Climate Change and a Few Simple Questions

Rep Mike Nearman_thb

by Rep. Mike Nearman

I’m running for re-election to the statehouse, and I was at a League of Women’s Voters candidate forum the other night. One of their questions was, “What environmental programs would you implement to help Oregon do its part to stem the local impacts and the increasing pace of climate change?”

I answered by saying that I did not accept the premise of the question and that I wasn’t sure the planet is warming and even if it is, I’m not sure that humans can do anything about it, and even if we can, Oregon is kind of a small player, but if you wanted to cut greenhouse emissions, I think that the best thing to do would be to return federal lands to the state and let us manage them so that we have fewer acres burned.

For this I was booed.

I challenged the audience to provide me with annual average global temperatures as measured by satellites from outer space for the last 20 or so years. I’m skeptical of local temperature measuring because of human and instrumentation errors, as well as local climate effects.

That challenge produced this email conversation:

Dear Representative Nearman:

I was in the audience in Corvallis at the Thursday League of Women Voters meeting. Your response to a question about climate change was that you had never seen data supporting a change, and asked someone to prove it to you with a graph. I’m not going to do that because anyone who is curious about reported changes to world’s climate system would have sought that out himself. Since you have chosen not to do so, something from me will not change your mind. But as the years go by and the direct experience of weather changes becomes increasingly obvious, I expect even you will come to understand what is going on. It’s unfortunate that you don’t understand what is going on now because you are doing your constituents a disservice by being uninformed.

Thanks for coming to Corvallis to share your views.

[name redacted]

MS Atmospheric Sciences

Fair enough. I responded:

Thanks for your feedback.

I have sought that data. You saw me do it again last night. You’d think that the data that I asked for would be easy to get. You’d think that NASA would just put it in a graph and put it on the internet. You’d think that a person who has a Master’s Degree in Atmospheric Science would have that data at their fingertips and could just give it to me.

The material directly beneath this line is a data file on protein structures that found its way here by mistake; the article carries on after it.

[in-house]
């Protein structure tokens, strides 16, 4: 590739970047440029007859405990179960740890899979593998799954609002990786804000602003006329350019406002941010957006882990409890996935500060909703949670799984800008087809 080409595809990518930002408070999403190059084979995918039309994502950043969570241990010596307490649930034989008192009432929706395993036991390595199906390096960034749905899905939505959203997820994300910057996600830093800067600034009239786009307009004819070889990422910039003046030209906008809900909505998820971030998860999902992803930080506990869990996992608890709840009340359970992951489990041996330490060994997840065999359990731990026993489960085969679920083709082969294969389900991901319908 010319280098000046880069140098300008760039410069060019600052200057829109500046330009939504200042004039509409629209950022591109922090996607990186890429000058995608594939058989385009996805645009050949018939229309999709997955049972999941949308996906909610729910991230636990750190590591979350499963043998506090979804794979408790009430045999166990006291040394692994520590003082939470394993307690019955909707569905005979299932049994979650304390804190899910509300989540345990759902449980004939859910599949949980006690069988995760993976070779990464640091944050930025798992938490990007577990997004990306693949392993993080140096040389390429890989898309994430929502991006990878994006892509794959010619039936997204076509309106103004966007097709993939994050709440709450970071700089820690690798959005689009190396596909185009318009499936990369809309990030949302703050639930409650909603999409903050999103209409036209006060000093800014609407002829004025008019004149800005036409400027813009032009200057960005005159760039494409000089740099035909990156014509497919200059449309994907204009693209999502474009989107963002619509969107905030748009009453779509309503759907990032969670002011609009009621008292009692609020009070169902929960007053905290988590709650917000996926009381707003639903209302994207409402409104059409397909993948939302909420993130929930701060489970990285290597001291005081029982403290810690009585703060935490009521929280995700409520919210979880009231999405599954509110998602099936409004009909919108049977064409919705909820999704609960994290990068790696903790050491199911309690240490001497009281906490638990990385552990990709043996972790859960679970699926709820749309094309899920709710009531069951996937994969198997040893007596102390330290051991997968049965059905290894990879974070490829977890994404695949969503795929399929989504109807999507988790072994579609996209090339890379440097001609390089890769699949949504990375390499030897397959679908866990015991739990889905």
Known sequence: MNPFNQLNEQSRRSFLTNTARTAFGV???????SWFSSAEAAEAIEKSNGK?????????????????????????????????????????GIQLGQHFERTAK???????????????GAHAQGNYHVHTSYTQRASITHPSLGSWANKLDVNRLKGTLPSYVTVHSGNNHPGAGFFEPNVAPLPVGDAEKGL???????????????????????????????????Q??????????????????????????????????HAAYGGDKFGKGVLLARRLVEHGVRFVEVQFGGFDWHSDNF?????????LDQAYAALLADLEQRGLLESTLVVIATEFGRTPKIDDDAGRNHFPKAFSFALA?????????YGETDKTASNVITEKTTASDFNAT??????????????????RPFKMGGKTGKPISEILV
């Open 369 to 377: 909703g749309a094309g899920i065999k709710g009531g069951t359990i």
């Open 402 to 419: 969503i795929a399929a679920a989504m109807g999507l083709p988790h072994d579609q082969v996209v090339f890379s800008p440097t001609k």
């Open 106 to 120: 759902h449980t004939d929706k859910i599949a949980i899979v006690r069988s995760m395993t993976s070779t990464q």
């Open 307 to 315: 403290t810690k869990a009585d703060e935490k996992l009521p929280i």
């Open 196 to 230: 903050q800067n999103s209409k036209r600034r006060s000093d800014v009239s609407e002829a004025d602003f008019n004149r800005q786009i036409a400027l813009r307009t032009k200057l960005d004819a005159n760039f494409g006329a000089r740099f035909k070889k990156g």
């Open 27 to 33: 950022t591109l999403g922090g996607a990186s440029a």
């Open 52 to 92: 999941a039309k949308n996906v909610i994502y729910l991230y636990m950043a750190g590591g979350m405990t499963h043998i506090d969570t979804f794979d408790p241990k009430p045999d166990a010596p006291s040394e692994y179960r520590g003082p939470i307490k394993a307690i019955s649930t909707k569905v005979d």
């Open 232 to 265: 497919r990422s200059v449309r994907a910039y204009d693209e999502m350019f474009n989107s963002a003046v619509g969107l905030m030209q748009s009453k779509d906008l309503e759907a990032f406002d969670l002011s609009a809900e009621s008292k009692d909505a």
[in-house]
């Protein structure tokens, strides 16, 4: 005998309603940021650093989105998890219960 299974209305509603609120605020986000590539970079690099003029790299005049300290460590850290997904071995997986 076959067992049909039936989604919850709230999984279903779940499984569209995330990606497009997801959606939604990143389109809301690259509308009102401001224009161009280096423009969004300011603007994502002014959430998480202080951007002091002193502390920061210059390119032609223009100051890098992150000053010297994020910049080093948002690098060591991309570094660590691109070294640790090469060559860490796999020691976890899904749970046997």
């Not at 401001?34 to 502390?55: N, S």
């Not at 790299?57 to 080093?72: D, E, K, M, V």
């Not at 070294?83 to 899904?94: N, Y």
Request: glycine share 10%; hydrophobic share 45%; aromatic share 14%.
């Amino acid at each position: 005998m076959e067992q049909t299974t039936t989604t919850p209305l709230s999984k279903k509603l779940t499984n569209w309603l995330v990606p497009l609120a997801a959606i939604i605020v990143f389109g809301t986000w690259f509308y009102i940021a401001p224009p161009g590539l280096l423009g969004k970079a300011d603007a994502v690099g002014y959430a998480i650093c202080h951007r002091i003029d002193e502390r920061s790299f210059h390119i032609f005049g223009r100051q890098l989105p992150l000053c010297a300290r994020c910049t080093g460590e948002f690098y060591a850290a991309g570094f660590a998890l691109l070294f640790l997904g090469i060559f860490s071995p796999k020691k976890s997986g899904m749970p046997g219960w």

Again, I want to see the average annual temperature of the planet as measured by satellites going back as far as data is available. NASA has a very flashy site, but I can’t find this data there:

I asked for information and instead of information, I get chided for being uninformed by the same people who want me to act legislatively and yet refuse to provide me with the most basic data. Again. What am I to think when I repeatedly ask the scientific community for data and am constantly denied?

You’re a scientist. Let me ask you a question.

The scientific method requires that we come up with a theory and then test it through experimentation to prove it (or at least provide evidence) that it is right or wrong.

So, if we had a theory that bacon causes cancer, you can imagine some experiments would be like get a bunch of guys and give them a lot of bacon to eat and if they tend to get cancer more than the general population, we were right. Maybe it’s not ethical to do medical experiments, so maybe we use lab rats, or maybe we just observe guys who eat a lot of bacon voluntarily, but you get the idea.

Can you devise an experiment that would have a chance to prove (or provide evidence) that the theory of Climate Change is wrong?


Now, climate change is not my issue, so I don’t have access to scholarly information. I can, and have, googled things, including this, without success. I don’t think I’m being lazy when someone – especially someone who claims to have academic credentials – confronts me on an issue that is important to them and I ask them for simple data.

But no. Again I get a lecture and the implication that I am lazy. And no data. He writes:

I would think that someone in the legislature would have the intelligence and initiative to find the information themselves, not wait for someone else to spoon feed them. There are MANY books, magazine articles, websites there if you would take the time to look. You’re not in session. Spend some time learning. Do your homework for Christ’s sake!

[name redacted]

I’m not going to get any data, nor even an acknowledgement of my question about the Scientific Method, so I’m not putting a lot of effort into further correspondence:

So, you don’t have it. Do you?


ps. What about my challenge on the Scientific Method?

I got one last shot from him and had to endure the indignity of being compared to his in-laws:

I went through this same hopeless back-and-forth with my father-in-law and finally gave up. As I said in the first email it will become obvious to you eventually that climate change is happening. Until then there is nothing I could say that would change your mind.

[name redacted]

I’m glad he was civil, but I’m a little surprised and even more hurt that as an academic professional, he would refuse to provide data to back up his pet theory. As a taxpayer, I almost certainly subsidized his education. As a legislator, it’s hard for me to have respect for “go look it up yourself”.

I don’t know where he went to school, but I hope the Oregon educational establishments that I oversee as a member of the House Higher Education, Innovation and Workforce Development Committee aren’t producing arrogant, unhelpful and uncurious scientists, trained, it seems, only to badger elected officials with whom they disagree.

State Representative Mike Nearman (R-Independence) is still seeking this data. If you have it, send a link to [email protected]